Torah Study Notes 5-12-12

May 12, 2012
Leviticus p. 826
This is a description of the scheduling of important holidays in the Jewish calendar.
23:23 On the first day of the 7th month – a day of rest – a sacred day (New Year) commemorated with loud blasts – the announcing of holiness. The Hebrew is a series of nouns that can be assembled in a variety of ways. Why are we commemorating the sacred occasion with loud blasts? This is a form of remembrance – ala the tolling of bells or a twenty one gun salute. There are five festivals – why is this one announced in this manner – is it a measure of importance? The seventh month is in the fall in which the world appears to “die”. This is the period of time when we remember those who have passed away. AF: How is this applicable to the rest of the world? How would a Jewish Eskimo celebrate the harvest? PG: The distinction between the seasons in the eastern Mediterranean is rain or no rain. We really don’t know how the calendar worked in biblical times. Some contend that the day started at sunset not sunrise. This was a point of contention between the Sadducees and the Pharisees. The reference is to a new moon – which would have been identified by the priests. See the work of Solomon Zeitlin: He takes the position that years were established to be 360? days long so the first day would always be a Sunday and the last a Saturday – every year. This causes “draft” and the lost of days. To compensate the priests established the creation of a fifty day year – the Jubilee year. The control of time has political as well as sacred elements. It is a statement of who is in control. When it comes to Shabbat everyone can identify the day by counting days seven days. Here the priests tracked the months – not the ordinary person. DC: Isn’t this being set up so as to identify Yom Kippur as the holiest day of the year? PG: There is no parliament of holiness here.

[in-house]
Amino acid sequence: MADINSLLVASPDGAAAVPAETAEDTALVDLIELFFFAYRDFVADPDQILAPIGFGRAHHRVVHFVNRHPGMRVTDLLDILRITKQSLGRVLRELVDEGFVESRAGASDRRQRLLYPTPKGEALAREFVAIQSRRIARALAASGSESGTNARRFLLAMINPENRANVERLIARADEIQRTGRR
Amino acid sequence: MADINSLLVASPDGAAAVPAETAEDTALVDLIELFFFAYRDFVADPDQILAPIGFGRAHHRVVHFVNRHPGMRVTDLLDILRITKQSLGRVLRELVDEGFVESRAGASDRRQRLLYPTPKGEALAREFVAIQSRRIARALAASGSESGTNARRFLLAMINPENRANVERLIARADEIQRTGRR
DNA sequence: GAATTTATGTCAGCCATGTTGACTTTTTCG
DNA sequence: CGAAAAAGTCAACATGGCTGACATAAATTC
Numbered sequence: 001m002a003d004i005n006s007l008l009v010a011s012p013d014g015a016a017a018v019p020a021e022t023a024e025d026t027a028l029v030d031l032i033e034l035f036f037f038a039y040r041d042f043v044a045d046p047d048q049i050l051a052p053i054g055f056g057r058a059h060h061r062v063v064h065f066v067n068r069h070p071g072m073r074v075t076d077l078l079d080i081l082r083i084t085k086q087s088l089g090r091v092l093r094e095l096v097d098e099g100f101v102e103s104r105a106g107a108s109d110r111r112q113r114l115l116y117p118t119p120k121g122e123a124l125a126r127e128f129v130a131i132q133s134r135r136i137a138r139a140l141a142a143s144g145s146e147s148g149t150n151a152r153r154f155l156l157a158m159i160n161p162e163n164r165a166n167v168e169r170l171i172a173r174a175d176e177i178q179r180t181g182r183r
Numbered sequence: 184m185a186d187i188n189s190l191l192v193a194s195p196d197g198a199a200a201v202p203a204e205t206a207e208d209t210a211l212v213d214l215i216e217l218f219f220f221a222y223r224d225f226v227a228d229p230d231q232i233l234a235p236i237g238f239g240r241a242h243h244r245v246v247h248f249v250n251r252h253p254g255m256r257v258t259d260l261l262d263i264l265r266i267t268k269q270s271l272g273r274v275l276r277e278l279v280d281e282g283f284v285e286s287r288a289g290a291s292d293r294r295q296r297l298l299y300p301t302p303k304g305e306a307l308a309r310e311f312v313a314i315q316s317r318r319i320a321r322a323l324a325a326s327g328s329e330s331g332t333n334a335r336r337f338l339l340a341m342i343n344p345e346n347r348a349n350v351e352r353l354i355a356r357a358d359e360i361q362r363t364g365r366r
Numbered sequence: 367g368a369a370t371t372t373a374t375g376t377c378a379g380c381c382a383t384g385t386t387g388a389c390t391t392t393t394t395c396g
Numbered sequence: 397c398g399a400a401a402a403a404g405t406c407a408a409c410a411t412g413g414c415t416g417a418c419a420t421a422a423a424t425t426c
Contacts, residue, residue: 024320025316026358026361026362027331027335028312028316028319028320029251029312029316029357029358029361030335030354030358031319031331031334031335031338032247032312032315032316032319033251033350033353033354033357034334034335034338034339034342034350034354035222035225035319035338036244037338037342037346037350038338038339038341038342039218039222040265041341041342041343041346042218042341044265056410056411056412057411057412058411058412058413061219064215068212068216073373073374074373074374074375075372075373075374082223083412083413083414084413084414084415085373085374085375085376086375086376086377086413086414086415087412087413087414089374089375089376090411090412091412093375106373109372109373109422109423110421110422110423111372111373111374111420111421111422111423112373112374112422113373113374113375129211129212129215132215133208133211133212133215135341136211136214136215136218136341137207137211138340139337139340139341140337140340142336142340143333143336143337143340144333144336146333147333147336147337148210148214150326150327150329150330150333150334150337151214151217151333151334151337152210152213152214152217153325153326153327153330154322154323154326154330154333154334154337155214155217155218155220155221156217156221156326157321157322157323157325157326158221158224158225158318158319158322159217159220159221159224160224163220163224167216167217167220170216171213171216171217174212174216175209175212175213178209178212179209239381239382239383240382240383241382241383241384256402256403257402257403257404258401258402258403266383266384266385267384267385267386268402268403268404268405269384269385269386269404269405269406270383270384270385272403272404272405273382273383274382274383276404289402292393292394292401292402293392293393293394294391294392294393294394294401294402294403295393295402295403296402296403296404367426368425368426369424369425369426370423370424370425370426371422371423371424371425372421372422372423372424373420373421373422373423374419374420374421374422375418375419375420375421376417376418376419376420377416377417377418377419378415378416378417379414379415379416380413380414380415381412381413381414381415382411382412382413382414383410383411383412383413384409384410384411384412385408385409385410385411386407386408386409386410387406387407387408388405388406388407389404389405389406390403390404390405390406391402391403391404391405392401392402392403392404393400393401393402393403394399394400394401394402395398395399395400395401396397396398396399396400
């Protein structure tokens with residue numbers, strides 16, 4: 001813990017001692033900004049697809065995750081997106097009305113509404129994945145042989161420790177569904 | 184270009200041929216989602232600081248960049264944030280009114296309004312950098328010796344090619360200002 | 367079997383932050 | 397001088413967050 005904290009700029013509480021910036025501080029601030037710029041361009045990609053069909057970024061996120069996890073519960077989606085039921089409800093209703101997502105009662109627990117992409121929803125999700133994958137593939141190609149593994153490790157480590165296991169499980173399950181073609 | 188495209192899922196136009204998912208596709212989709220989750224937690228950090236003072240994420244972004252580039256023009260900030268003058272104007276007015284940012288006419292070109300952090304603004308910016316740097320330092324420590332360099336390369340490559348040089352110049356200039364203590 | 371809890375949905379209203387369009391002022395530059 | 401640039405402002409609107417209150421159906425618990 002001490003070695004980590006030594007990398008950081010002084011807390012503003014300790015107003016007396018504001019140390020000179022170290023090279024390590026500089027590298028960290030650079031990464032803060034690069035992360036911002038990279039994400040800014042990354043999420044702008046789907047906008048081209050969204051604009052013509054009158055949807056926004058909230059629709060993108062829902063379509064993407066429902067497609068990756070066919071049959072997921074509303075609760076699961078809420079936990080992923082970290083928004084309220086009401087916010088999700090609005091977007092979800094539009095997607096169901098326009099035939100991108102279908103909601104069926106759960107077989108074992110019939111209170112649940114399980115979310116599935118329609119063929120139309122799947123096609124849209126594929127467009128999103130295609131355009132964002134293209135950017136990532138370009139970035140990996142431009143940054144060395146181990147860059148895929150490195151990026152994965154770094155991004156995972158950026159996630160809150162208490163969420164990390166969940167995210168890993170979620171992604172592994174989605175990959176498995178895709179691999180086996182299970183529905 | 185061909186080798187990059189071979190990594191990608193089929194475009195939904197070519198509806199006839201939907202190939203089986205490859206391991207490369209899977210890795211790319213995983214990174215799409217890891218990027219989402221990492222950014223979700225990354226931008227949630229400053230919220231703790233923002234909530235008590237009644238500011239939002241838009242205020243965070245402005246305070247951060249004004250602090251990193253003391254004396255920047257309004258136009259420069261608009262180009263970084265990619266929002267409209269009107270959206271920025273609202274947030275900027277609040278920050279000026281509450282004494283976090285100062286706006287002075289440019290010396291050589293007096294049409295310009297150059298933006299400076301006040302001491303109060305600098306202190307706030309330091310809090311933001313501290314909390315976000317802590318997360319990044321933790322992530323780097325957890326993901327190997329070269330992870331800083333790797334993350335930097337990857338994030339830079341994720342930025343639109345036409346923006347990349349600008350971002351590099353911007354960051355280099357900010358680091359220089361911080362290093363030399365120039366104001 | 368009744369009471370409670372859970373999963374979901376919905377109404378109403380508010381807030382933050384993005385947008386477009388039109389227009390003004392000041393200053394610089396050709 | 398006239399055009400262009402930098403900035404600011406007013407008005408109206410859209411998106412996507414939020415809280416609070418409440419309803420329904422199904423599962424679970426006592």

23:26 The tenth day of the seventh month. Here the Day of Atonement is identified – plus the penalties for violation. Yom Kippur begins before the sun sets. Compare the instruction of God to Moses in Exodus 12. This is all in preparation for Succoth. There are hints in the text as to the changes that can be made as Jews are scattered throughout the world. Memory is how we create immortality. But what makes one worthy of being remembered? That is the self examination of the tenth day. This is the most deeply theological moment of the year. There is a disconnection from the harvest that can be observed by Jews in Alaska. LL: Sadly, history remembers the unjust as well as the just or the wise.
23:33 On the 15th day of the 7th month – the feast of booths. This is the principal harvest festival. What is the connection of the 10th for the harvest. What is the relation between the introspection of Yom Kippuir and the harvest celebrated at Sukkoth? In any given year the yield of the harvest will change – it is out of the hands of the farmer and in the hands of God. On the 10th day we are preparing ourselves mentally for what will be the result of the year’s labor. DC: Is this like the sequence of confession and communion? LL: An interesting analogy but it doesn’t entirely fit. PG: The harvest is such a big deal that we will celebrate it for eight days! SF: The key word in 23:26 is “expiation” We have to purge ourselves from guilt – emotionally – in a deep biological way – so that we are prepared to be grateful. PG: And also prepare ourselves to be just. The key to Succoth is in Deuteronomy “You shall feel nothing but joy.” This is whether the harvest is good or bad. What could Succoth mean while in exile – or when Jews do not own land? The Babylonian exile and Diaspora call for a theological explanation that can be understood not only by the landless Jew but also the modern Jew who feels little or no connection to the harvest. See: The Festival Calendar (23:1 – 44) in Gleanings on p. 833 of Plaut.

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